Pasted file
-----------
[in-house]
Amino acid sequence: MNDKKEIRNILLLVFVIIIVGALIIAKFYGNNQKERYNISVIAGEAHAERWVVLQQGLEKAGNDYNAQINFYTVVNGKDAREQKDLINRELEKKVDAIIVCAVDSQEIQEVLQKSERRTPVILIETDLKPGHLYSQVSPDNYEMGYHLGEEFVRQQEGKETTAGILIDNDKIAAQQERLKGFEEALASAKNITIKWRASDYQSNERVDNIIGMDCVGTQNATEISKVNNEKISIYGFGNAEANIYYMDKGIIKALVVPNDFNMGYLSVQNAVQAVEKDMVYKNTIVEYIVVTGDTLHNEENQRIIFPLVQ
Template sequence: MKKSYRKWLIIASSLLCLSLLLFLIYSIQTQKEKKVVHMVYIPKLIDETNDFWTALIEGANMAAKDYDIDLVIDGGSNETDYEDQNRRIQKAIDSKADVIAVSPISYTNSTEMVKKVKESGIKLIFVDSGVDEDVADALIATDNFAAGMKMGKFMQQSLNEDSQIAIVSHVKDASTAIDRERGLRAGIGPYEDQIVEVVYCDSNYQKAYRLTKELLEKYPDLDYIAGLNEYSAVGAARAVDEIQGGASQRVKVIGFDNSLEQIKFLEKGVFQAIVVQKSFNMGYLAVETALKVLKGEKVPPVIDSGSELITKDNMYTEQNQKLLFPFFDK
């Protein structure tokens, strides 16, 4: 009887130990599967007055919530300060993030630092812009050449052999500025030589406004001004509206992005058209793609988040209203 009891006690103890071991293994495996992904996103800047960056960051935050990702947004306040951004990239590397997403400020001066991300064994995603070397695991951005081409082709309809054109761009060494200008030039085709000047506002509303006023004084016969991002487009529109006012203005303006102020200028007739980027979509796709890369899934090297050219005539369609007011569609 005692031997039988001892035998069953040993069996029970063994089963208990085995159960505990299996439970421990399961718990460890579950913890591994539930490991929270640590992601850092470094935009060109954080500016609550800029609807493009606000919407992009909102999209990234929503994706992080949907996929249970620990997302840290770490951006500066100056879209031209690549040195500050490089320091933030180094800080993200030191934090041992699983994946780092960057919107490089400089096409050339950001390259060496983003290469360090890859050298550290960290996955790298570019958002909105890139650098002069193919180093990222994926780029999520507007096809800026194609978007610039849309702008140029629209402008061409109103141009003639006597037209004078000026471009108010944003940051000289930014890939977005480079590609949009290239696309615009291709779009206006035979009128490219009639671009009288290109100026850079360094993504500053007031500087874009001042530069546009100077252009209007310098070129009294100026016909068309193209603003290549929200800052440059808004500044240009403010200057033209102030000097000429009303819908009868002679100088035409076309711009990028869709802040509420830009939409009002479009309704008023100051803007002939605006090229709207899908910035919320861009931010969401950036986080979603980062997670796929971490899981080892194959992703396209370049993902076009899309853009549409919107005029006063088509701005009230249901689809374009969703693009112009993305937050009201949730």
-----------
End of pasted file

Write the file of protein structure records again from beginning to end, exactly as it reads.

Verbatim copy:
[in-house]
Amino acid sequence: MNDKKEIRNILLLVFVIIIVGALIIAKFYGNNQKERYNISVIAGEAHAERWVVLQQGLEKAGNDYNAQINFYTVVNGKDAREQKDLINRELEKKVDAIIVCAVDSQEIQEVLQKSERRTPVILIETDLKPGHLYSQVSPDNYEMGYHLGEEFVRQQEGKETTAGILIDNDKIAAQQERLKGFEEALASAKNITIKWRASDYQSNERVDNIIGMDCVGTQNATEISKVNNEKISIYGFGNAEANIYYMDKGIIKALVVPNDFNMGYLSVQNAVQAVEKDMVYKNTIVEYIVVTGDTLHNEENQRIIFPLVQ
Template sequence: MKKSYRKWLIIASSLLCLSLLLFLIYSIQTQKEKKVVHMVYIPKLIDETNDFWTALIEGANMAAKDYDIDLVIDGGSNETDYEDQNRRIQKAIDSKADVIAVSPISYTNSTEMVKKVKESGIKLIFVDSGVDEDVADALIATDNFAAGMKMGKFMQQSLNEDSQIAIVSHVKDASTAIDRERGLRAGIGPYEDQIVEVVYCDSNYQKAYRLTKELLEKYPDLDYIAGLNEYSAVGAARAVDEIQGGASQRVKVIGFDNSLEQIKFLEKGVFQAIVVQKSFNMGYLAVETALKVLKGEKVPPVIDSGSELITKDNMYTEQNQKLLFPFFDK
């Protein structure tokens, strides 16, 4: 009887130990599967007055919530300060993030630092812009050449052999500025030589406004001004509206992005058209793609988040209203 009891006690103890071991293994495996992904996103800047960056960051935050990702947004306040951004990239590397997403400020001066991300064994995603070397695991951005081409082709309809054109761009060494200008030039085709000047506002509303006023004084016969991002487009529109006012203005303006102020200028007739980027979509796709890369899934090297050219005539369609007011569609 005692031997039988001892035998069953040993069996029970063994089963208990085995159960505990299996439970421990399961718990460890579950913890591994539930490991929270640590992601850092470094935009060109954080500016609550800029609807493009606000919407992009909102999209990234929503994706992080949907996929249970620990997302840290770490951006500066100056879209031209690549040195500050490089320091933030180094800080993200030191934090041992699983994946780092960057919107490089400089096409050339950001390259060496983003290469360090890859050298550290960290996955790298570019958002909105890139650098002069193919180093990222994926780029999520507007096809800026194609978007610039849309702008140029629209402008061409109103141009003639006597037209004078000026471009108010944003940051000289930014890939977005480079590609949009290239696309615009291709779009206006035979009128490219009639671009009288290109100026850079360094993504500053007031500087874009001042530069546009100077252009209007310098070129009294100026016909068309193209603003290549929200800052440059808004500044240009403010200057033209102030000097000429009303819908009868002679100088035409076309711009990028869709802040509420830009939409009002479009309704008023100051803007002939605006090229709207899908910035919320861009931010969401950036986080979603980062997670796929971490899981080892194959992703396209370049993902076009899309853009549409919107005029006063088509701005009230249901689809374009969703693009112009993305937050009201949730």